"It's like a father leaving his family and then wondering why no one showed up at his birthday party. Maybe because you left them, and there's nothing to say 'Happy Birthday, Dad' about."

The phrasing is always catchy. But Sharpton's follow-through is sketchy. He's been in the middle of every major racial issue in New York for more than twenty years. He led protest after protest. But he's never held elected office. The reverend ran only for high-profile positions that were out of his grasp.

"If he actually had to do the constituent service, the legislation and so on, the deal making, I don't think he wants to be on that line," newspaper columnist and Yale University lecturer Jim Sleeper says. "I think it tells us that he is silver-tongued. That he is a great producer and promoter of theater. But that it ends there."

Sharpton says his presidential mission isn't misguided – believing he can do more as a president, even an unelected presidential candidate, than as an elected congressman.

"In my capacity as a leader of a civil rights group, I've done all that," he says. "I also think that even running, and I intend to win, but even if I don't, I'm going to do a lot. I'm going to register a lot of voters that I couldn't register if I was just a congressman."

Sharpton is a guy with no experience governing or running a campaign for national elective office on a shoestring budget. This candidate doesn't check his poll results because Sharpton believes talking to the people gives him more insight into the minds of the voters than any poll.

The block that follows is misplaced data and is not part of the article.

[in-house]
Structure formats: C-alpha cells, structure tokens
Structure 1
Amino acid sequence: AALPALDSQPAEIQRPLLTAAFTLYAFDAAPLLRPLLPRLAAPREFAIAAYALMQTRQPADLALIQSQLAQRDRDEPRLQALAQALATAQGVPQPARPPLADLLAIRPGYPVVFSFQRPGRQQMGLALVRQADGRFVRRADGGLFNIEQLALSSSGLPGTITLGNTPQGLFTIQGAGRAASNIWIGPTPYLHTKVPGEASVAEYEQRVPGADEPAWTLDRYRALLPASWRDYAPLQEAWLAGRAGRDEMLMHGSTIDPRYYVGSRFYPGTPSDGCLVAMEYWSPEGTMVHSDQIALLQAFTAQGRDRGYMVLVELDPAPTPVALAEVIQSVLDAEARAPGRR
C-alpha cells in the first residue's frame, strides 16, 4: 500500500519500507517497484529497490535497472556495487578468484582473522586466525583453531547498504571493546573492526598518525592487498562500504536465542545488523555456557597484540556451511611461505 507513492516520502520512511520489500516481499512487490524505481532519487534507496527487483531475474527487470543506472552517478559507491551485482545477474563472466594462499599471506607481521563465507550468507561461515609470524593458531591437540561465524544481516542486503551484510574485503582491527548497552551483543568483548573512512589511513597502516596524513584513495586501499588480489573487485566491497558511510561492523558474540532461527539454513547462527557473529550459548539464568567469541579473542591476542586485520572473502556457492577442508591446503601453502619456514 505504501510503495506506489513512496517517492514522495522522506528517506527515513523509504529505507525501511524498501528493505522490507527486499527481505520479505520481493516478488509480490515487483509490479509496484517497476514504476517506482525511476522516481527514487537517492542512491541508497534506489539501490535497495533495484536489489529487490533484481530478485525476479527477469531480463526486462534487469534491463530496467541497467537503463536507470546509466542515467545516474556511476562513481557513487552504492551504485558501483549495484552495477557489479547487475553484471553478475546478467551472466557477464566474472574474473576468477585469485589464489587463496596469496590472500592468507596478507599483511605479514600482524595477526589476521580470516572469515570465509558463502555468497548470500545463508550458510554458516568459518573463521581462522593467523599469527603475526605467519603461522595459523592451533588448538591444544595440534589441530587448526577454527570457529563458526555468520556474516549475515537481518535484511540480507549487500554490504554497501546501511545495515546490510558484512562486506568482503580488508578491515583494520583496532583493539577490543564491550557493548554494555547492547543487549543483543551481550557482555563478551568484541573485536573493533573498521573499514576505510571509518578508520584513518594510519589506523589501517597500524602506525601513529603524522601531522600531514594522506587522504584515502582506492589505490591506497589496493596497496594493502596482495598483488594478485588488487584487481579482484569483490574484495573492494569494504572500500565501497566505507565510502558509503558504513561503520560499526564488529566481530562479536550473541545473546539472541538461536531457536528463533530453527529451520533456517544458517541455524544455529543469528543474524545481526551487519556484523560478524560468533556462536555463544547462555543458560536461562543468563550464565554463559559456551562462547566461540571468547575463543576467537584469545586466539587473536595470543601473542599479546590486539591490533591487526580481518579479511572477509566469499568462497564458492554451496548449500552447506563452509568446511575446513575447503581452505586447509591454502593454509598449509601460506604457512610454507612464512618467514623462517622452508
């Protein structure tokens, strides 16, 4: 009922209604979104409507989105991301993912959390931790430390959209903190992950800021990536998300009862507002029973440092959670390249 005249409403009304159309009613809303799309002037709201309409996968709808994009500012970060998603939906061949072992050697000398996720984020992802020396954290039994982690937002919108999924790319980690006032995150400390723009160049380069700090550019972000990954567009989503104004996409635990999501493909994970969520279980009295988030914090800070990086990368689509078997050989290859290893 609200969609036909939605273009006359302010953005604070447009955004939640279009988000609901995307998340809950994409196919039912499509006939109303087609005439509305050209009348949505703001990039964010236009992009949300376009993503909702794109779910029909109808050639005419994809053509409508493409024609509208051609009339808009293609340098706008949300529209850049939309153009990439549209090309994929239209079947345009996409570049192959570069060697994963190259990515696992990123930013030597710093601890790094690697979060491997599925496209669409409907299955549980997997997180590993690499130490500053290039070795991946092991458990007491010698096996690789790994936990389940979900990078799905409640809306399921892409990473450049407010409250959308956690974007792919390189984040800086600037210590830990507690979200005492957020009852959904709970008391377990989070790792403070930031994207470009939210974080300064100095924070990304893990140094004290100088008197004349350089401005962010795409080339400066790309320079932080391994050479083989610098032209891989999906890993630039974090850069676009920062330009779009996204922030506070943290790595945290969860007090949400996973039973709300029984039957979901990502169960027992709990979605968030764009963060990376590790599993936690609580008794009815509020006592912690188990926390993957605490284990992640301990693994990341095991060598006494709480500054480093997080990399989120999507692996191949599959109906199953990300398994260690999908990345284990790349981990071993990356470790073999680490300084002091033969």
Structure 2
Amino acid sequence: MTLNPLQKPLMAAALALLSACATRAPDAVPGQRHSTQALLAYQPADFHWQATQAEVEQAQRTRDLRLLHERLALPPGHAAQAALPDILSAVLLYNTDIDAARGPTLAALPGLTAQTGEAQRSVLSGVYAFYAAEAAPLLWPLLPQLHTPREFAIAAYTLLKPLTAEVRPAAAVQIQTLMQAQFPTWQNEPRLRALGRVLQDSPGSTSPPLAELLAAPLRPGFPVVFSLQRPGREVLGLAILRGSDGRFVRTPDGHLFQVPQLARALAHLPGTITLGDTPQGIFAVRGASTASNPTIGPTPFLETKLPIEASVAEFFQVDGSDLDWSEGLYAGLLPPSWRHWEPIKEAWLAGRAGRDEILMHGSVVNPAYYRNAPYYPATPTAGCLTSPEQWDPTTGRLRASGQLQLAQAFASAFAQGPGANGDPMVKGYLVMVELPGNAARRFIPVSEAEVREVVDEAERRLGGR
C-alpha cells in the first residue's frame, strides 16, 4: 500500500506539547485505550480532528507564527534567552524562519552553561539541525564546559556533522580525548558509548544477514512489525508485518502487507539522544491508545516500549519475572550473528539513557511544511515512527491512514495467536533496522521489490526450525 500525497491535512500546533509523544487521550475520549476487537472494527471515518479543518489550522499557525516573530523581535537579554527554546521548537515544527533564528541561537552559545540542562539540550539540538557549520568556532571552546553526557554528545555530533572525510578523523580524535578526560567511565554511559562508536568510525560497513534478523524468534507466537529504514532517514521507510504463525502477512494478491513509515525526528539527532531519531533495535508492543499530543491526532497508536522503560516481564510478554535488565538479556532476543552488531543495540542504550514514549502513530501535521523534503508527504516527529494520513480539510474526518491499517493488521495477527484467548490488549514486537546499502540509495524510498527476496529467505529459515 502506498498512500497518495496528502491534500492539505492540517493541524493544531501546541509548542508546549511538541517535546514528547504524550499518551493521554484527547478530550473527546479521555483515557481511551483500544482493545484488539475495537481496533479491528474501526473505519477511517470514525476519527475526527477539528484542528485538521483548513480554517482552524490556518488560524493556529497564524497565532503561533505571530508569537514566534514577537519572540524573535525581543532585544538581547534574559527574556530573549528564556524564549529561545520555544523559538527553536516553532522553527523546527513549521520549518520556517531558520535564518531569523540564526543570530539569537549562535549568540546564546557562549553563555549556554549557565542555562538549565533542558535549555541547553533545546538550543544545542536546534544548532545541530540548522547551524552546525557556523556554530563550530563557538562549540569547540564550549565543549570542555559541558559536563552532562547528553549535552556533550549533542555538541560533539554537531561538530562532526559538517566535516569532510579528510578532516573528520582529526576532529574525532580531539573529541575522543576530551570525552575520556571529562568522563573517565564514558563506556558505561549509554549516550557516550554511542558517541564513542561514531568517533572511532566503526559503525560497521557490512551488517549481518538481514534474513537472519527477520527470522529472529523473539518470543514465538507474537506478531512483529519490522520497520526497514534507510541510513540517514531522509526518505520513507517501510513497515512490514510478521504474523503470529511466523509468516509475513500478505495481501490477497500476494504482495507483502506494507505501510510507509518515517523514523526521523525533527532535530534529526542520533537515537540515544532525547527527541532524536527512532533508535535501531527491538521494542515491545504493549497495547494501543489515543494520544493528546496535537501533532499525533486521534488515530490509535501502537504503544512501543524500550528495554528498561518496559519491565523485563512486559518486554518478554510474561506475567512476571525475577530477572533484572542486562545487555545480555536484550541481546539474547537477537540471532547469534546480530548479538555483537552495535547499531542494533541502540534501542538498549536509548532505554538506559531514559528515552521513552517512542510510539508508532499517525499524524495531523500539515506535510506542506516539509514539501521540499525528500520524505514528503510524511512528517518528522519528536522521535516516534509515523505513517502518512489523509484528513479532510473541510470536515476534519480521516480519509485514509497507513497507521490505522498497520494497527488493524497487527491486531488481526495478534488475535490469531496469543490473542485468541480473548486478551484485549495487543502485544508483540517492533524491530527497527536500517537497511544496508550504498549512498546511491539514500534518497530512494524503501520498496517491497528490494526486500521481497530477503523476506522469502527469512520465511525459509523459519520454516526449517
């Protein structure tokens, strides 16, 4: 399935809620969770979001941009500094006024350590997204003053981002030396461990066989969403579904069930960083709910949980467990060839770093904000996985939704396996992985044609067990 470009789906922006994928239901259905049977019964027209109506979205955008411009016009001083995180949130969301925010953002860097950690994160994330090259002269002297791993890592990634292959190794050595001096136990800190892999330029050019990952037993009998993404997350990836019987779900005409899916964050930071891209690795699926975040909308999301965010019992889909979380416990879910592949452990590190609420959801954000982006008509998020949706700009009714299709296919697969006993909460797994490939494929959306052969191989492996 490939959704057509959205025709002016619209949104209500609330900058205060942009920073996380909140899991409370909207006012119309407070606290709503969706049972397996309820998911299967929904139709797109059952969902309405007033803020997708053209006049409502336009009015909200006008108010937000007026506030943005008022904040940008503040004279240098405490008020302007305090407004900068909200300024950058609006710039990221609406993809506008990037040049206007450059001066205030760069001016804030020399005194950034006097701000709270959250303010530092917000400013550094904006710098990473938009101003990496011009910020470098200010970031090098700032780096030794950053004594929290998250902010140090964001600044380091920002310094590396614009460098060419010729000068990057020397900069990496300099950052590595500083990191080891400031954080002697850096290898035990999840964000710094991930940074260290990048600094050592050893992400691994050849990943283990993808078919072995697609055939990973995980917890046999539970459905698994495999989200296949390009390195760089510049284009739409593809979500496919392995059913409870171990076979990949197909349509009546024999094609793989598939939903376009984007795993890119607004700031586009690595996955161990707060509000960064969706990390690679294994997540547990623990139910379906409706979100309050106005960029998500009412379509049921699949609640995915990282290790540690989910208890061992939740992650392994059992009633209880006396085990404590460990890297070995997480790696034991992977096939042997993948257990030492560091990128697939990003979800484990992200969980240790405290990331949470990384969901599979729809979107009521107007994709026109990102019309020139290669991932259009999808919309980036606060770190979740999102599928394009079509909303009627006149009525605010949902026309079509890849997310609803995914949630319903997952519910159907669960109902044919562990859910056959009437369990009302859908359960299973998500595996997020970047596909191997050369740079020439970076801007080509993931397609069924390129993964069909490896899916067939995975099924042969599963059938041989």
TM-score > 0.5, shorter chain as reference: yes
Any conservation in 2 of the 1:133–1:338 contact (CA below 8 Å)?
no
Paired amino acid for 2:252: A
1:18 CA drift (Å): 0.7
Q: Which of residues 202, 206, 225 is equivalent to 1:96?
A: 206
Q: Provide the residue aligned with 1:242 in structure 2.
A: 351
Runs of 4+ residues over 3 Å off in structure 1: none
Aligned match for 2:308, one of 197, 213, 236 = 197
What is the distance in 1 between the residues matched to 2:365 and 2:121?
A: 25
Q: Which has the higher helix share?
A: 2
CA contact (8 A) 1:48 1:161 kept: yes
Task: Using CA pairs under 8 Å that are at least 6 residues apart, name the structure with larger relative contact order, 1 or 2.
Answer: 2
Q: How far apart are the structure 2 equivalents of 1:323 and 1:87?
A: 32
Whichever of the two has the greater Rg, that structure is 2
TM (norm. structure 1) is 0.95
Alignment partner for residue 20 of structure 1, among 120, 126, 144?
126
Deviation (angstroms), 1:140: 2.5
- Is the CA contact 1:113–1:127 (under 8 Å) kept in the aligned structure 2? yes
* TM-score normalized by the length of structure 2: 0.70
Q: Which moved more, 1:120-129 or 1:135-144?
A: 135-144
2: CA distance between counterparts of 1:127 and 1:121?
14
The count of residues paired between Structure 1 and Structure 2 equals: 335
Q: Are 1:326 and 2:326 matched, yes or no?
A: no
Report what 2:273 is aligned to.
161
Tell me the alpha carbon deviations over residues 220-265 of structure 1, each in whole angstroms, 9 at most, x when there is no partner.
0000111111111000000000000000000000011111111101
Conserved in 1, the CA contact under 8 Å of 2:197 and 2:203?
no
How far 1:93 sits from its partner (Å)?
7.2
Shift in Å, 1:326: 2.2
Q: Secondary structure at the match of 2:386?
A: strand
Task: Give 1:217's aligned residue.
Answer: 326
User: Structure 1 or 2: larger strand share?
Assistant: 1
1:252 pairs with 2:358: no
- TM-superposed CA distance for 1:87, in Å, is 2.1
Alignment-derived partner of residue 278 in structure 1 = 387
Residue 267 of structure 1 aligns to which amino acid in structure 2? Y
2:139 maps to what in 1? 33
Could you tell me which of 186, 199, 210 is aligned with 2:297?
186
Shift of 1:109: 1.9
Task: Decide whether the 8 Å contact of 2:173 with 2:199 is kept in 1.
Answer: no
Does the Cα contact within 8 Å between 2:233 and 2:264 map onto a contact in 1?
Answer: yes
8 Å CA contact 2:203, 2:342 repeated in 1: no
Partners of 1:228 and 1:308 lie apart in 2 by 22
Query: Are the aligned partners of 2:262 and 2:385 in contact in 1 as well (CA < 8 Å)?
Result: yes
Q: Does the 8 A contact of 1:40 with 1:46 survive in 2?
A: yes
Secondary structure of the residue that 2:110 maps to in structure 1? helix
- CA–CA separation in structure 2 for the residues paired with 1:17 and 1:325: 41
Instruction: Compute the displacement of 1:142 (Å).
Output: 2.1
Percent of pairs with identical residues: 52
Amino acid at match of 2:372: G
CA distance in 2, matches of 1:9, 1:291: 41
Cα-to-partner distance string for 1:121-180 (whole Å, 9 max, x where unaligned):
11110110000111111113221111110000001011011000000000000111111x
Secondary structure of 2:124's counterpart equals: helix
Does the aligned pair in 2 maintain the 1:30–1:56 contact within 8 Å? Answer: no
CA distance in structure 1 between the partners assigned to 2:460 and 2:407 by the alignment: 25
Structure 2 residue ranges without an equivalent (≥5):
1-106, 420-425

Spend some time with Sharpton in Harlem, N.Y., and it's easy to see his charm. He can't get through lunch without half a dozen requests for his picture. But there, he does not have to lug around the heavy political baggage that he will have to elsewhere.

The case of Tawana Brawley is a subject that may slow his presidential campaign.

Brawley was a 15-year-old girl in a town not far from New York City who hit the headlines when she claimed she was raped by several law enforcement officers and a prosecutor. Sharpton was among those who loudly took her side, in a heated controversy which still resonates in New York. A grand jury ultimately found the charges baseless, and Sharpton was found guilty of defamation and ordered to pay $50,000.

Sharpton never apologized.

But would he be repentant in order to be elected President of the United States?

"No," Sharpton says. "If I were to say that I must stand up and apologize for something that I believe in, no. I would not do that. Why would I do that? Because then who you elected, somebody that would say and do anything just to get in office? We don't need that kind of person in the White House. The next thing I'd be doing is announcing weapons of mass destruction that wasn't there. We're trying to get that kind of guy out of the White House."